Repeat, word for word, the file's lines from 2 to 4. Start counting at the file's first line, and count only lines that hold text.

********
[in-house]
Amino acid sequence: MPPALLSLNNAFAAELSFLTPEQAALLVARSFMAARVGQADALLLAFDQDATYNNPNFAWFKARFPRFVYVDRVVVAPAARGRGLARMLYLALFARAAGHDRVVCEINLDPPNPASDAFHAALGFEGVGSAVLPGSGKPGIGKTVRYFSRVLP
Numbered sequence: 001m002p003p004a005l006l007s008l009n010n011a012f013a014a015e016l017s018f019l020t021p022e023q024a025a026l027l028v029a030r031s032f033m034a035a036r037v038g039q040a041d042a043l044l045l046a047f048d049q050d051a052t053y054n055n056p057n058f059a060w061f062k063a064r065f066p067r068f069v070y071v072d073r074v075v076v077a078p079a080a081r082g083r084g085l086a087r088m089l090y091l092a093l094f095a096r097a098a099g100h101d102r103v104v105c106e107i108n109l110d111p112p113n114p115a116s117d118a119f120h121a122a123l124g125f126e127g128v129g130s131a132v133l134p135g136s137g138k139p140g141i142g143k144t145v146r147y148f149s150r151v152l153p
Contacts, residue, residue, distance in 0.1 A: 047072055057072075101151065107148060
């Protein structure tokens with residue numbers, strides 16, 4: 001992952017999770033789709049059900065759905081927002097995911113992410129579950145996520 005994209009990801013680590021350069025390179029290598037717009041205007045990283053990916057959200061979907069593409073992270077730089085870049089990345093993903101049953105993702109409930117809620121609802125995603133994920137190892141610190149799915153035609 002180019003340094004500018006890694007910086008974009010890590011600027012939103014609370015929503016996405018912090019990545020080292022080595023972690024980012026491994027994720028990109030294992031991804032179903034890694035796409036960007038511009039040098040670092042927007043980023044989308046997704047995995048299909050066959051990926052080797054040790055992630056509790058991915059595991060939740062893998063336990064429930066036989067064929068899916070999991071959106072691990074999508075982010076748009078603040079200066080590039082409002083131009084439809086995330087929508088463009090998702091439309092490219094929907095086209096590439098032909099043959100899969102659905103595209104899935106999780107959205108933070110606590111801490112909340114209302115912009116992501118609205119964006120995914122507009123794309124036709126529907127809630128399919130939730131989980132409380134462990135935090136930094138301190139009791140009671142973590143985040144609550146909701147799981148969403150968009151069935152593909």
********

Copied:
Amino acid sequence: MPPALLSLNNAFAAELSFLTPEQAALLVARSFMAARVGQADALLLAFDQDATYNNPNFAWFKARFPRFVYVDRVVVAPAARGRGLARMLYLALFARAAGHDRVVCEINLDPPNPASDAFHAALGFEGVGSAVLPGSGKPGIGKTVRYFSRVLP
Numbered sequence: 001m002p003p004a005l006l007s008l009n010n011a012f013a014a015e016l017s018f019l020t021p022e023q024a025a026l027l028v029a030r031s032f033m034a035a036r037v038g039q040a041d042a043l044l045l046a047f048d049q050d051a052t053y054n055n056p057n058f059a060w061f062k063a064r065f066p067r068f069v070y071v072d073r074v075v076v077a078p079a080a081r082g083r084g085l086a087r088m089l090y091l092a093l094f095a096r097a098a099g100h101d102r103v104v105c106e107i108n109l110d111p112p113n114p115a116s117d118a119f120h121a122a123l124g125f126e127g128v129g130s131a132v133l134p135g136s137g138k139p140g141i142g143k144t145v146r147y148f149s150r151v152l153p
Contacts, residue, residue, distance in 0.1 A: 047072055057072075101151065107148060